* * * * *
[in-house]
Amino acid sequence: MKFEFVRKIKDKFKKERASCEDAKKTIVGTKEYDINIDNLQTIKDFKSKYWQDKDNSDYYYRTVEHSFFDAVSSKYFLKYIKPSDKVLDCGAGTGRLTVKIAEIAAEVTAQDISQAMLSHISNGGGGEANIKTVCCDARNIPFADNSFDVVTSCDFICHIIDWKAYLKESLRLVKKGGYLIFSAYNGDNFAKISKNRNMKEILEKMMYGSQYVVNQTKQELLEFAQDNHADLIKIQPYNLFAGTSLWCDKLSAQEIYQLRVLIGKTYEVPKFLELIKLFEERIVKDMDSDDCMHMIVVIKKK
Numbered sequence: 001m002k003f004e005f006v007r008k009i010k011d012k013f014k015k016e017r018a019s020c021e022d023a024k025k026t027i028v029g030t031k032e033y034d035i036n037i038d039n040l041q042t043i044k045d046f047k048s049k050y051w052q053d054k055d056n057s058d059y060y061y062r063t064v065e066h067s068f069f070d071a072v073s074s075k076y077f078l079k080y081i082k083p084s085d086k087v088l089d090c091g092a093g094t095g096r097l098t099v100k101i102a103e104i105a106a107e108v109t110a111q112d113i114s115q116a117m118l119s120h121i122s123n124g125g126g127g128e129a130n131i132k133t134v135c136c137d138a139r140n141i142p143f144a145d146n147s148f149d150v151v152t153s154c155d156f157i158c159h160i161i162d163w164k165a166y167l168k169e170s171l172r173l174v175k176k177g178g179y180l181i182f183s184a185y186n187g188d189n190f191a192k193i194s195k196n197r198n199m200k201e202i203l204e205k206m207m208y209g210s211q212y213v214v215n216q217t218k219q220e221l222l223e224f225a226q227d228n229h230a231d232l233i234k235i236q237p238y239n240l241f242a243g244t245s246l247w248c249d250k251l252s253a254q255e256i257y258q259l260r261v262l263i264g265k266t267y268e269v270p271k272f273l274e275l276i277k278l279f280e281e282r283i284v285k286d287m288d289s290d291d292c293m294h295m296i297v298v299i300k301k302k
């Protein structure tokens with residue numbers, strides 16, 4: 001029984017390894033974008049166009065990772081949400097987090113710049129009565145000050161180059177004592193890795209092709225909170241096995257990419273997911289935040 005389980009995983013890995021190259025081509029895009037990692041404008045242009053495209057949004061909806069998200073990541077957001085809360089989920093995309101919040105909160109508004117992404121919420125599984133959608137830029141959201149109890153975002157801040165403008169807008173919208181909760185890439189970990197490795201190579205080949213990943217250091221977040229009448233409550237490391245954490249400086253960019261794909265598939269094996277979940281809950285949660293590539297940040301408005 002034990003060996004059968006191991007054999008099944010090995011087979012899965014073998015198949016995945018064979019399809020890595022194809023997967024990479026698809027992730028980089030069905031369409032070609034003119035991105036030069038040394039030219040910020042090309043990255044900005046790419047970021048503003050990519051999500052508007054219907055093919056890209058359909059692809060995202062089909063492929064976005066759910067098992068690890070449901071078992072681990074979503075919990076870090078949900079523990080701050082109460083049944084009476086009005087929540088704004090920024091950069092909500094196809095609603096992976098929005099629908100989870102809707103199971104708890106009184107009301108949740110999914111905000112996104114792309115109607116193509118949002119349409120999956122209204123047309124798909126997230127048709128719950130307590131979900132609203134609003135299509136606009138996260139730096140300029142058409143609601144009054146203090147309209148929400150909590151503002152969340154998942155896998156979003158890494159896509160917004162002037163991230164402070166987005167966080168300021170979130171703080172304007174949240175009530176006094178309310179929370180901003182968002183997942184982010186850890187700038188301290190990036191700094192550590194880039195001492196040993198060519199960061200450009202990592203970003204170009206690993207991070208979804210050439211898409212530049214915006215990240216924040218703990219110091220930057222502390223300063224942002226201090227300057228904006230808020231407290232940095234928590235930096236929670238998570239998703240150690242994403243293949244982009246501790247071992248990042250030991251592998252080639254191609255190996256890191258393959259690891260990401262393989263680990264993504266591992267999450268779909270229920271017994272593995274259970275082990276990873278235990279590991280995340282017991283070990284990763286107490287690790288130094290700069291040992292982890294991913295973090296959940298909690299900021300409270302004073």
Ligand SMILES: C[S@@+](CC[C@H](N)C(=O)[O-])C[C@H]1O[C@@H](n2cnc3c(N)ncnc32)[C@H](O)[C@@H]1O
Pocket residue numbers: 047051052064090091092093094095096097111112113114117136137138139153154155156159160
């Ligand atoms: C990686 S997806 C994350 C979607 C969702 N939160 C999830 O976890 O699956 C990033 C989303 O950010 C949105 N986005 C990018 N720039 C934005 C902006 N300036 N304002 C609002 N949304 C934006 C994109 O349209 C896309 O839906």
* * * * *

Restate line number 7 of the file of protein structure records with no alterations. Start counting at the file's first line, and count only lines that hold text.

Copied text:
């Ligand atoms: C990686 S997806 C994350 C979607 C969702 N939160 C999830 O976890 O699956 C990033 C989303 O950010 C949105 N986005 C990018 N720039 C934005 C902006 N300036 N304002 C609002 N949304 C934006 C994109 O349209 C896309 O839906």